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Select Elvish Words 3.81: Insect

3.81 Insect

ᴱQ. malo n. “moth”
A noun appearing as ᴱQ. malo “moth” in the Qenya Lexicon of the 1910s derived from primitive ᴱ✶[mal]wǝ under the early root ᴱ√MALA “crush, squeeze, pulp” (QL/58). It had a plural malwi, and in the Poetic and Mythological Words of Eldarissa it was given the stem form of malu-.

Neo-Quenya: This word conflicts with later words like ᴹQ. malo (malu-) “pollen, yellow powder” (Ety/SMAL) or “rust” (PE21/12; PE15/77), making its continued validity as “moth” rather questionable. However, the only other attested Elvish “moth” word is G. fufril of unclear etymology (GL/36), which is very challenging to adapt to Neo-Quenya. Thus I currently recommend retaining ᴺQ. malo for “moth”, as a derivative of the later root ᴹ√MBAL, but altering its stem form to malo- (< *mbalō) to make it more distinct from the “pollen, rust” words.

Q. n. “small insect, fly, *mite, gnat; ⚠️[ᴱQ.] speck, spot, dot, mote”
A noun for a “small insect, fly” appearing in notes from 1968 as an example of a primitive monosyllabic noun that survived in modern Quenya (VT47/35). Its primitive form was originally glossed “small bird”. I think it might apply to other tiny insects like mites or gnats, based on its conceptual precursors. Likely it is related to the root √PI(N) for tiny things.

Conceptual Development: In the Qenya Lexicon of the 1910s Tolkien had ᴱQ. “speck, spot, dot, mote” and ᴱQ. pin or pink “a little thing, mite”, the latter also serving as a diminutive ending, all under the early roots ᴱ√PINI, ᴱ√PIKI, or ᴱ√ (QL/73). It is unclear whether or not ᴱQ. pin(k) “mite” could refer to an insect or only a tiny thing. In the Declension of Nouns of the early 1930s, Tolkien had ᴹQ. “fly” (PE21/40).

ᴱQ. ulumpingwe n. “caterpillar”
A word appearing as ᴱQ. {ulumpinge >>} ulumpingwe in the Qenya Lexicon of the 1910s (QL/97), perhaps as a combination of ᴱQ. ulumpe “camel” and ᴱQ. lingwe “snake, worm”. This word was also mentioned in the contemporaneous Poetic and Mythological Words of Eldarissa (PME/97).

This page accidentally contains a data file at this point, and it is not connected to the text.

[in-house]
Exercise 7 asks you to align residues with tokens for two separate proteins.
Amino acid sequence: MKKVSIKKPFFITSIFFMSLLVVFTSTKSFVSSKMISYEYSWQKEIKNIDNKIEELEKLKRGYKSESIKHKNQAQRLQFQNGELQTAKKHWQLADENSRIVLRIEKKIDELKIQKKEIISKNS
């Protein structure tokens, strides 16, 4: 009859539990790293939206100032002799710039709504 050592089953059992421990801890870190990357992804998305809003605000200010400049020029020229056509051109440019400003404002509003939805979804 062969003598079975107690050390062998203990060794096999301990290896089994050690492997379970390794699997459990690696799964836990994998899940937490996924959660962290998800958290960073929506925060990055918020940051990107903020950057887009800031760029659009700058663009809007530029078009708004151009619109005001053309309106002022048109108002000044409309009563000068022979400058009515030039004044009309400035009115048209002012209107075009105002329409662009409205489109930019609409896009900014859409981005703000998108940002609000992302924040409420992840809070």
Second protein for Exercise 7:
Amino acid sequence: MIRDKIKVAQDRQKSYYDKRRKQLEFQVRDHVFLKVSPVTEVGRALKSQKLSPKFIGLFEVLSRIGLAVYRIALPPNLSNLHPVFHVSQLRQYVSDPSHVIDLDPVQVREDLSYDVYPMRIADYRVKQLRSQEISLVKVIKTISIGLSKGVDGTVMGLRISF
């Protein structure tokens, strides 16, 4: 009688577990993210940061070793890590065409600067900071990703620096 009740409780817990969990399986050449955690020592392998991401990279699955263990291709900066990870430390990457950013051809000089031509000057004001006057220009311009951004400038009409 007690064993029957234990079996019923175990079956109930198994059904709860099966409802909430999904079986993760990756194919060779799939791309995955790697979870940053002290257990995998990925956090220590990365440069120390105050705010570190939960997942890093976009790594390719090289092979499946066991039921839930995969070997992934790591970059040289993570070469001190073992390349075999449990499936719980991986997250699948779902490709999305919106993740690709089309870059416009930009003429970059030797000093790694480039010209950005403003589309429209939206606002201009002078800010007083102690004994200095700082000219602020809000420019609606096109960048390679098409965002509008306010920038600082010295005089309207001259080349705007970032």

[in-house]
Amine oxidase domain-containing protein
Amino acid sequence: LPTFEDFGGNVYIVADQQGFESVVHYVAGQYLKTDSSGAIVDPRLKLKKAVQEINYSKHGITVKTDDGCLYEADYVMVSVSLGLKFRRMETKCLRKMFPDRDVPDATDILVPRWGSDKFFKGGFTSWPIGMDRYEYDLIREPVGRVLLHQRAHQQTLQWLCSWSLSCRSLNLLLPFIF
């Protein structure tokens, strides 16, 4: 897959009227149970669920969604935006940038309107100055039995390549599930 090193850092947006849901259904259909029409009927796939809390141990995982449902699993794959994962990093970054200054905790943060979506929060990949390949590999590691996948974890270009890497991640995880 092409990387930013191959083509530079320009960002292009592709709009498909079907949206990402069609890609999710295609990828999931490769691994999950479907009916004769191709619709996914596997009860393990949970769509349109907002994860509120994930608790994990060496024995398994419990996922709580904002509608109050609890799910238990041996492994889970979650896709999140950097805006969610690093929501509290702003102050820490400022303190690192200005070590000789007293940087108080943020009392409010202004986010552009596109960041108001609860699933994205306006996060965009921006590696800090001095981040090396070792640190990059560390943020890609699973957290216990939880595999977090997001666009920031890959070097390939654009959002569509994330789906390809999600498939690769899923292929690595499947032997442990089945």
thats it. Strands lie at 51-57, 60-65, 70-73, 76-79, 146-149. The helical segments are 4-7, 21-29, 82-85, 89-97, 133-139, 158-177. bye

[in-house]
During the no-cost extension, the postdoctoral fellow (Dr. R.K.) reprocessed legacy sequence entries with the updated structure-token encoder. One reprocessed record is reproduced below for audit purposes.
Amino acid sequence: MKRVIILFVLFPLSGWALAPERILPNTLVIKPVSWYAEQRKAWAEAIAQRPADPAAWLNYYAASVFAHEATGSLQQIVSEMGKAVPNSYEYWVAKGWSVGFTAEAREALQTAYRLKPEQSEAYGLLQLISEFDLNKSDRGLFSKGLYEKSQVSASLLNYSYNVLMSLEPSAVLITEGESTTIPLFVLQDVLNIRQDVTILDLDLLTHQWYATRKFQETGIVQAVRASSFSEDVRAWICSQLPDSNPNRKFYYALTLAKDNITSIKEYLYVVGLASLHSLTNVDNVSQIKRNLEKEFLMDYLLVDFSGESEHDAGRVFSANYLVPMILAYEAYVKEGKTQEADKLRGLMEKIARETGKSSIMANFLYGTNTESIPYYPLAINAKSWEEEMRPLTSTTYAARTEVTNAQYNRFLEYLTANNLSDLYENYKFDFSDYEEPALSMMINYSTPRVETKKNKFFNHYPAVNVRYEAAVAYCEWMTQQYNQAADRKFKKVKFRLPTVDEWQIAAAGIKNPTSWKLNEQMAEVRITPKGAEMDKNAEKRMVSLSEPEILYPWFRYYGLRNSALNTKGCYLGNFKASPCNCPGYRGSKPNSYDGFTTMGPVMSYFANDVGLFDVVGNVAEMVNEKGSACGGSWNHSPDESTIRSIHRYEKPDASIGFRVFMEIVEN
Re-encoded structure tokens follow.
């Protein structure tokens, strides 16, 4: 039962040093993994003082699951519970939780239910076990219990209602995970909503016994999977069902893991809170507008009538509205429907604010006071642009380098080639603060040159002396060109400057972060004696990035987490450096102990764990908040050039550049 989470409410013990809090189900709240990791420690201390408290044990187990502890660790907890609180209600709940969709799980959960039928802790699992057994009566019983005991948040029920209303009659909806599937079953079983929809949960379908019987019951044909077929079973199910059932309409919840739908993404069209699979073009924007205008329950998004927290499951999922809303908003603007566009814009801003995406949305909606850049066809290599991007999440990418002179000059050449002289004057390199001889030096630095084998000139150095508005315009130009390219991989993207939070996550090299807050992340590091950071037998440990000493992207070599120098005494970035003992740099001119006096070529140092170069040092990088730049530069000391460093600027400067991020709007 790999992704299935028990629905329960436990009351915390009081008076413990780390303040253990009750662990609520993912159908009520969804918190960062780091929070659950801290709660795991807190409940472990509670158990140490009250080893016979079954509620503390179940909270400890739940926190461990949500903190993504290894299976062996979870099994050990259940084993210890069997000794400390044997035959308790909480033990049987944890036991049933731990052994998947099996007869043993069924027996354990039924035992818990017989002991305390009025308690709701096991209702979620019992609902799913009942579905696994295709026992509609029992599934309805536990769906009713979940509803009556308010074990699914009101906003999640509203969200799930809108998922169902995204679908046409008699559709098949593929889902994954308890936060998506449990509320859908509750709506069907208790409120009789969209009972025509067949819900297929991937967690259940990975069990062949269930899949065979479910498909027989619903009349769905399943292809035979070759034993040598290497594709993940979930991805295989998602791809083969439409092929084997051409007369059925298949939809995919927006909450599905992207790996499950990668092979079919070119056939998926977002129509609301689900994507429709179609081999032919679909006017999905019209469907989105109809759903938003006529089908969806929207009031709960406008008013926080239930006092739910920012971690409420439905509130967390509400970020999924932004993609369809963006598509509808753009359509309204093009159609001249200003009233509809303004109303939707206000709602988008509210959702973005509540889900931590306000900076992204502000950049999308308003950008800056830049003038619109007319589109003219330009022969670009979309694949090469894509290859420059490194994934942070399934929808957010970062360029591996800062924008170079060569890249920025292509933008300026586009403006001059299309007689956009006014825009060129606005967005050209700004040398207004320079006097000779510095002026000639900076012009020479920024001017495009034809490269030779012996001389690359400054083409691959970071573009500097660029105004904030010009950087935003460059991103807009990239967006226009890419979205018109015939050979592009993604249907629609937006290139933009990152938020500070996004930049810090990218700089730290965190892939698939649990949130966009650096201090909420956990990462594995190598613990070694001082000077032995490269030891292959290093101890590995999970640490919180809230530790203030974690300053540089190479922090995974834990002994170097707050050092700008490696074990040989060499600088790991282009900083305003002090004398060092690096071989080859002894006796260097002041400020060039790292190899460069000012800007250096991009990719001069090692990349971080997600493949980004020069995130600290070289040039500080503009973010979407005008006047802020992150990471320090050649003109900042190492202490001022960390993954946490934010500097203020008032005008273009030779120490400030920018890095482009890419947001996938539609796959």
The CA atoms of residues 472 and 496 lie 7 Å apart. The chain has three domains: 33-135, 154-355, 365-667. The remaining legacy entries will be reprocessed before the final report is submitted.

Neo-Quenya: I would adapt this word as ᴺQ. ulumpembë “caterpillar, (lit.) camel worm”, altering its second element to ᴺQ. vembë “worm”.

Q. wilwarin (wilwarind-) n. “butterfly”
A word for “butterfly” appearing in the Markirya poem of the 1960s based on the adjective wilwa “fluttering to and fro” (MC/222, 223). It has a stem form of wilwarind- as implied by the adjective wilwarindëa “like a butterfly” from the version of the Nieninquë poem from the 1960s (PE16/96). The appearance of an initial w- in this word is somewhat unusual: see the entry on the sound [w] for further discussion.

Conceptual Development: The word ᴱQ. wilwarin (wilwarind-) “butterfly” appeared all the way back in the Qenya Lexicon of the 1910s under the early root ᴱ√GWILI (QL/104). That document also had an adjective form ᴱQ. wilwarinda, descriptive of the sycamore tree (QL/57). This word appeared in the versions of the Oilima Markirya poem written around 1930, and the adjective wilwarindea appeared in the version of the Nieninqe poem from this period. ᴹQ. wilwarin “butterfly” appeared in The Etymologies of the 1930s under the root ᴹ√WIL “fly” with a plural form wilwarindi (Ety/WIL). Thus this word was quite stable in Tolkien’s mind, and consistently appeared with an initial w.

G. fufril n. “moth”
A noun appearing as G. fufril “moth” in the Gnomish Lexicon of the 1910s (GL/36).

Neo-Sindarin: The etymology of G. fufril isn’t clear, but could be derived from an early root *ᴱ√FUVU. I prefer to adapt this as a Neo-Root ᴺ√PHUM rather than ᴺ√PHUV/PHUB, since derivatives of ᴺ√PHUM would preserve the base vowel u. Thus I would adapt this word as ᴺS. fyvril “moth” < *phumril with i-affection; perhaps the final element is a feminine suffix as seen in N. thlingril “spider”. Admittedly this is all a very loose adaptation.

G. gwef n. “louse”
A noun appearing as G. gwef “louse” in the Gnomish Lexicon of the 1910s (GL/45), clearly based on the early root ᴱ√GWEVE from the contemporaneous Qenya Lexicon (QL/103).

Neo-Sindarin: I think this word can be salvaged in Neo-Sindarin as ᴺS. gwef “louse” based on the Neo-Root ᴺ√WEB.

N. gwilwileth n. “butterfly”
A noun in The Etymologies of the 1930s glossed “butterfly” derived from the root ᴹ√WIL “fly” (Ety/WIL), apparently with duplication of the root and the addition of the abstract noun suffix N. -th.

Conceptual Development: The word G. gwilbrin or gwilvrin “a butterfly” appeared in the Gnomish Lexicon of the 1910s along with an adjective form G. gwilbriniol “like a butterfly”, based on primitive ᴱ√gu̯il (GL/45).

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